The word ‘marriage’ has vanished from Government statistics on conceptions.
The official figures instead lump marriages and civil partnerships together under the label “legal partnership”.
The new figures show there were around 900,000 conceptions in England and Wales in 2009. Background notes reveal that only 218 of those were attributed to someone in a civil partnership.
The Office for National Statistics (ONS), which released the information, said for birth and conception statistics it “does not distinguish between civil partnerships and marriages”.
The move is likely to concern those who point to evidence of the benefits of the institution of marriage.
The controversial Human Fertilisation and Embryology Act 2008 allowed homosexual couples to be jointly named on birth certificates.
The change came into force for any children conceived by someone in a homosexual relationship after 1 April 2009.
In 2003 Labour ministers said they wanted to see the word “marriage” no longer used on official documents, claiming it led to discrimination against homosexuals.
Last month Iain Duncan Smith, Secretary of State for Work and Pensions, said his department would reintroduce references to marriage on official forms and pieces of research.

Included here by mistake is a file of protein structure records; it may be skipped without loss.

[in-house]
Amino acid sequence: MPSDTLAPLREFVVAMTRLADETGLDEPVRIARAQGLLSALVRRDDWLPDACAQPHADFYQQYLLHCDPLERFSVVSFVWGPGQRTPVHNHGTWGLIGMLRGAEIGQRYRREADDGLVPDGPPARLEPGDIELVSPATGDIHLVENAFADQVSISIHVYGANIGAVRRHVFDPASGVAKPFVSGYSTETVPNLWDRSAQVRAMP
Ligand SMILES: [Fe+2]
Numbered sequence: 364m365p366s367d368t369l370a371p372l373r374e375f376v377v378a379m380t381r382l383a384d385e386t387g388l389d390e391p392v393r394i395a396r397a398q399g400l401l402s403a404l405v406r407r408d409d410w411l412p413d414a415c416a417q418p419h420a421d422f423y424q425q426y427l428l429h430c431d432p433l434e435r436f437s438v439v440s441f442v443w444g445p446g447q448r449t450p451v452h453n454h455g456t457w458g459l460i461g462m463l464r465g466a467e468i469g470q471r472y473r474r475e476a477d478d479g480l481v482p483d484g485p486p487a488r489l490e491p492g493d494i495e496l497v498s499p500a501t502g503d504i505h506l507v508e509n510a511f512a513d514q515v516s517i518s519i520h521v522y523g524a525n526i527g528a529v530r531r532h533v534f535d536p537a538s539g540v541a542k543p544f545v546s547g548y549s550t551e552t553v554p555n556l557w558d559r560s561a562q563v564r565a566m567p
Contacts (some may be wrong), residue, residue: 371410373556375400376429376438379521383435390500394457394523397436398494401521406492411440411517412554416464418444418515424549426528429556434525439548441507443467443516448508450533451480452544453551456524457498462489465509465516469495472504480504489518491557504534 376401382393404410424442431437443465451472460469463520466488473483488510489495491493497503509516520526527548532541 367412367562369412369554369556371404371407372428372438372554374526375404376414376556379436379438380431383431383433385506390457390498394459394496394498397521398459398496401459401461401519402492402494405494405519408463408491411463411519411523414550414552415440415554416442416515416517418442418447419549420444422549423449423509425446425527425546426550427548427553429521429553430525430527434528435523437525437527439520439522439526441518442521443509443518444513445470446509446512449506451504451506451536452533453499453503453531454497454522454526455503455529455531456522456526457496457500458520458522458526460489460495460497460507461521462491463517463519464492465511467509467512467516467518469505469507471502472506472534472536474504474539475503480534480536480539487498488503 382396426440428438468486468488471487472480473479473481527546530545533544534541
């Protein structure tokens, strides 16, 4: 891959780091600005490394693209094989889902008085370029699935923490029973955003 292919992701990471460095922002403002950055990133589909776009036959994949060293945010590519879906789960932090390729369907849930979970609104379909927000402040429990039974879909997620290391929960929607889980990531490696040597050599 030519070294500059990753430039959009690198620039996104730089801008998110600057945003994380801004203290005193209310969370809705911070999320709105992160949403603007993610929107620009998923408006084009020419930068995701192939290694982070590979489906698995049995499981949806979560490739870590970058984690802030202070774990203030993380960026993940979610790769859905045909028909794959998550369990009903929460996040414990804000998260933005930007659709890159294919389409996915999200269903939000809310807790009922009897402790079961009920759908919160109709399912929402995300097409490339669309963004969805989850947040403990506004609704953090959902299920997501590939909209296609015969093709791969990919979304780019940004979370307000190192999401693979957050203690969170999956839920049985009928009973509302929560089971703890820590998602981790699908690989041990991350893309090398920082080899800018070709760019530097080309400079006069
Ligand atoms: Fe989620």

In April last year two lesbians became the nation’s first homosexual couple to jointly sign a child’s birth certificate as parents.
Natalie Woods and Elizabeth Knowles jointly signed the birth certificate at Brighton Register Office after Miss Woods conceived via a sperm donor.
Critics expressed alarm at birth certificates being tailored in such a way.
Baroness Deech, the chair of the Bar Standards Board, which regulates barristers in England and Wales, warned that such birth certificates could undermine the child’s right to understand their identity.
Speaking in March 2010 Lady Deech insisted: “There is an issue of principle here, which is the truth”.
She added: “It puts the demands of the adults ahead of the rights of children to know and benefit from both sides of their genetic makeup.
“This is not a moral issue; it is about disguising true facts, and it is about confusing biological parenthood, legal and social parenthood.”
And Josephine Quintavalle, from the campaign group Comment on Reproductive Ethics, said: “Birth certificates should reflect how a baby is generated.
“In a culture that is obsessed with genetics, it is strange that when it comes to birth certificates we are prepared to forget all that.
“As much as you try to play around with the terminology, the biology reflects what has happened and one day the child will ask about their father.”